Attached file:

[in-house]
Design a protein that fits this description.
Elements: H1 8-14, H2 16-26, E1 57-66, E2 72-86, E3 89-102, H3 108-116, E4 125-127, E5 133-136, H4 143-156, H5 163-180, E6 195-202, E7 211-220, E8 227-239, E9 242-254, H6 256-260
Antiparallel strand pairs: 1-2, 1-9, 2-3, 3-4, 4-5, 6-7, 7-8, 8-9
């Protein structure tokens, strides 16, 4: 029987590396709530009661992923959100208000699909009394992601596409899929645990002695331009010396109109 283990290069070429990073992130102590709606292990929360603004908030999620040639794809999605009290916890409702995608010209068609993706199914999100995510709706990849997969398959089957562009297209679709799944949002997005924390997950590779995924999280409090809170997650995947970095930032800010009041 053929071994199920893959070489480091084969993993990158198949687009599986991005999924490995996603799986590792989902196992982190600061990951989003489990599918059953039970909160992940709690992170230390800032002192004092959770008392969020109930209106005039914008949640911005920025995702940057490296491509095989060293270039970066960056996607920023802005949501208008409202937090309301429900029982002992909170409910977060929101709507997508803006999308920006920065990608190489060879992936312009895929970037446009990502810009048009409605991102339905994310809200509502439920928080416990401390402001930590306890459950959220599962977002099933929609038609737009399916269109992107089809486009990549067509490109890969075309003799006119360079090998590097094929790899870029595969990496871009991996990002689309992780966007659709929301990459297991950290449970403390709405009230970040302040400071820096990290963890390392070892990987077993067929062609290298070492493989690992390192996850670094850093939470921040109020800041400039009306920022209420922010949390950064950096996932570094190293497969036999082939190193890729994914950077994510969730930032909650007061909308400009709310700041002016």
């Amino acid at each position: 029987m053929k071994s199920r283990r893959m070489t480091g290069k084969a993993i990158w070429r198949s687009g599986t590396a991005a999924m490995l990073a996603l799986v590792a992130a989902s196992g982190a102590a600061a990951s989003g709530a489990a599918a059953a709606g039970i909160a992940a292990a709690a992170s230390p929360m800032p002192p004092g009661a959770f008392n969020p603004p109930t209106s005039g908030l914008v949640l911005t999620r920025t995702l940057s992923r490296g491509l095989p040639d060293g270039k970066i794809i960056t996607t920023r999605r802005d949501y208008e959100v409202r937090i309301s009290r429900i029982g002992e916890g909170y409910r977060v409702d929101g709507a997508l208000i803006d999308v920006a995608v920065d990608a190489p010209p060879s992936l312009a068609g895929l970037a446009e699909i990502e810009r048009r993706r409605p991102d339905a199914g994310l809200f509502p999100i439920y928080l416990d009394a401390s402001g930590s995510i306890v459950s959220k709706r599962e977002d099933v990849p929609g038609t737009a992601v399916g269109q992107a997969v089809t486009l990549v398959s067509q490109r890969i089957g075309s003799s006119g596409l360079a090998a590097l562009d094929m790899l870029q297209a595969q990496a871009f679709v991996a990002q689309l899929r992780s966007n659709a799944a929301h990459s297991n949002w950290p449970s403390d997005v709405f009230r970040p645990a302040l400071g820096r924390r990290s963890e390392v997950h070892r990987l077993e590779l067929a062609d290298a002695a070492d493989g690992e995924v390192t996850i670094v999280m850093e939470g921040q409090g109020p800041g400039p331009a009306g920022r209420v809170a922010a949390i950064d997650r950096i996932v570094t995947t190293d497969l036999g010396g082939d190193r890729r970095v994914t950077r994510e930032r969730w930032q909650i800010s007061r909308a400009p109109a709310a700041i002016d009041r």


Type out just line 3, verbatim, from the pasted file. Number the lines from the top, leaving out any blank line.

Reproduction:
Elements: H1 8-14, H2 16-26, E1 57-66, E2 72-86, E3 89-102, H3 108-116, E4 125-127, E5 133-136, H4 143-156, H5 163-180, E6 195-202, E7 211-220, E8 227-239, E9 242-254, H6 256-260